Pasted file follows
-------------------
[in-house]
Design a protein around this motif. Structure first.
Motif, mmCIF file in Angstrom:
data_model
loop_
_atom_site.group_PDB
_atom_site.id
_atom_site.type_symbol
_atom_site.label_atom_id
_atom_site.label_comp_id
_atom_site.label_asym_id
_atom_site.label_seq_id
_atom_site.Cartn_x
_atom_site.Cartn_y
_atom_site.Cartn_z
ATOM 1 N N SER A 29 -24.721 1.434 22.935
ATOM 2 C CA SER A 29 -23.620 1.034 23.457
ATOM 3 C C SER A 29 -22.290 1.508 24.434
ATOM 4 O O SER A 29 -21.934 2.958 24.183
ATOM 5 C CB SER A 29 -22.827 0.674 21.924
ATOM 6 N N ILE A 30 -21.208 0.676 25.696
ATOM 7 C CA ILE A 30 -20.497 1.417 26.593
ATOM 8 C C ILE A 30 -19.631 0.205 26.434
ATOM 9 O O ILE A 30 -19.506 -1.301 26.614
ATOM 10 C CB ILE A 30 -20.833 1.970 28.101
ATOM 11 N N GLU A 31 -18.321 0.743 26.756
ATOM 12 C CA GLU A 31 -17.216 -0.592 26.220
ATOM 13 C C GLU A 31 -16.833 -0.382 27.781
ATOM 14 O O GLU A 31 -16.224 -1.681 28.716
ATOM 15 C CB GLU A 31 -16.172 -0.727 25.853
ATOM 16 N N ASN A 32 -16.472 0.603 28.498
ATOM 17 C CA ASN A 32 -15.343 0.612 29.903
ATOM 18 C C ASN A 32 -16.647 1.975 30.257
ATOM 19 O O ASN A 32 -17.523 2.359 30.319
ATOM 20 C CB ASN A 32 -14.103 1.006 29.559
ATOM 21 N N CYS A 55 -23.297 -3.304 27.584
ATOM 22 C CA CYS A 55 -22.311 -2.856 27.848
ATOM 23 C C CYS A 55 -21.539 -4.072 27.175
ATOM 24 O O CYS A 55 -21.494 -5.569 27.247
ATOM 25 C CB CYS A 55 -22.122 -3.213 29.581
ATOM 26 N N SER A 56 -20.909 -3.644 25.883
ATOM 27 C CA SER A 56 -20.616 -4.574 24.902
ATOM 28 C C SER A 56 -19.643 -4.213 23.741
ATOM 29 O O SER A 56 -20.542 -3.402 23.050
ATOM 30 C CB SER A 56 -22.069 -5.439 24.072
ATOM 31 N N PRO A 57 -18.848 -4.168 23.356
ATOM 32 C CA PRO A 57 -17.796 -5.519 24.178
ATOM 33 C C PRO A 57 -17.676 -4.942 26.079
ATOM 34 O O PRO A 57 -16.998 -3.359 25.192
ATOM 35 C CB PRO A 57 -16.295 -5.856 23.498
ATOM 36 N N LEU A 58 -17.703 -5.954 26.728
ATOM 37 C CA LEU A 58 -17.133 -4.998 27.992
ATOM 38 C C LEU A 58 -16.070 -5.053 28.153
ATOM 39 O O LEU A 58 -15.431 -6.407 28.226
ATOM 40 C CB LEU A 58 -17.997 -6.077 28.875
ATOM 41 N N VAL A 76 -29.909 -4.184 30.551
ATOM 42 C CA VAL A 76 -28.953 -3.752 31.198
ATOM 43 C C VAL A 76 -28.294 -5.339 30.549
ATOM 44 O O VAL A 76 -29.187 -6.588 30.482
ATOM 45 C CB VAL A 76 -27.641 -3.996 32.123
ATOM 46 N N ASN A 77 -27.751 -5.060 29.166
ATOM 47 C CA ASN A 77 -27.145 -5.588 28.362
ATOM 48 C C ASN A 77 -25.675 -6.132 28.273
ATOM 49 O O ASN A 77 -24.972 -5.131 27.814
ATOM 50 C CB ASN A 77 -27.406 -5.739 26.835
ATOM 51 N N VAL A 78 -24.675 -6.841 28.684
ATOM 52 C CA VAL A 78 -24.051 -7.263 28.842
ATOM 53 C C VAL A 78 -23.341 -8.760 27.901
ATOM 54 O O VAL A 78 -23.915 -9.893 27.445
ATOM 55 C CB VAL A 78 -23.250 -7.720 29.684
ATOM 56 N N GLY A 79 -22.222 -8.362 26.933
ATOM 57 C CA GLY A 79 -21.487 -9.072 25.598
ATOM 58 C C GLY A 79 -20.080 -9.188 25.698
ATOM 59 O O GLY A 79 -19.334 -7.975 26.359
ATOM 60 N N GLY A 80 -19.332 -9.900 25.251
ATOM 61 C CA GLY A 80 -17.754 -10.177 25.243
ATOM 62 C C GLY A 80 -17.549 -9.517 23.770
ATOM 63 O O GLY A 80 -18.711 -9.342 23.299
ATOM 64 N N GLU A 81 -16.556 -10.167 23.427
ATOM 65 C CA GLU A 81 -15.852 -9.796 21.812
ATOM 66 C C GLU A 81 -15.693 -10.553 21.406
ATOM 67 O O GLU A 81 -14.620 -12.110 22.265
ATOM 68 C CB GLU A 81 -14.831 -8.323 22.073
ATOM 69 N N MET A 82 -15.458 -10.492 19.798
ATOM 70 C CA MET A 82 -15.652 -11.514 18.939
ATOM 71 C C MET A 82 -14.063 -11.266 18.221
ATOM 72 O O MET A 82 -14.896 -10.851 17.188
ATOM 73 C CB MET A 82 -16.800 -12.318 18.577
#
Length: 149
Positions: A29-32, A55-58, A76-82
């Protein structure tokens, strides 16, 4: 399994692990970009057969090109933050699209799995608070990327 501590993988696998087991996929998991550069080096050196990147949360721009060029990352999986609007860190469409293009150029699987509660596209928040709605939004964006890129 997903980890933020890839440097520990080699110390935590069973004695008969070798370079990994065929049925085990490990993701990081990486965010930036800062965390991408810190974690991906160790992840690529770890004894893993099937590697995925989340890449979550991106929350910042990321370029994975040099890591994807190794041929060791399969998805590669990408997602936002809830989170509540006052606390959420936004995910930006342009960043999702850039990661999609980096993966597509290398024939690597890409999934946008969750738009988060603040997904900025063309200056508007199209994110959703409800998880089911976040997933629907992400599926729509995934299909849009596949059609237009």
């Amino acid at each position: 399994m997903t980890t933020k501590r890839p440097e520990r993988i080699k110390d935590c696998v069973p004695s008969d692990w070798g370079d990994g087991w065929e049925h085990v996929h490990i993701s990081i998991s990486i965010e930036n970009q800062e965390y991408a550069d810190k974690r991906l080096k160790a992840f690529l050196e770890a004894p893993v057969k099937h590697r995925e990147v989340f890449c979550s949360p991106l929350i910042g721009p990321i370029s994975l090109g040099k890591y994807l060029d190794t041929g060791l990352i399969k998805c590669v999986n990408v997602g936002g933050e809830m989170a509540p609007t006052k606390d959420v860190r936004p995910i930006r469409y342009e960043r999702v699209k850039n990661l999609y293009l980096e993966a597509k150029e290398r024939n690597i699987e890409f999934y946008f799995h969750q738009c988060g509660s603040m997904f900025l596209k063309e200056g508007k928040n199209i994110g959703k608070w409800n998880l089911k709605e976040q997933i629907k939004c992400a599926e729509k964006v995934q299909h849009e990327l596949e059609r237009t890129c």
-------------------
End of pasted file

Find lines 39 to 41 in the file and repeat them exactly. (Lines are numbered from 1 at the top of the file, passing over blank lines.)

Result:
ATOM 24 O O CYS A 55 -21.494 -5.569 27.247
ATOM 25 C CB CYS A 55 -22.122 -3.213 29.581
ATOM 26 N N SER A 56 -20.909 -3.644 25.883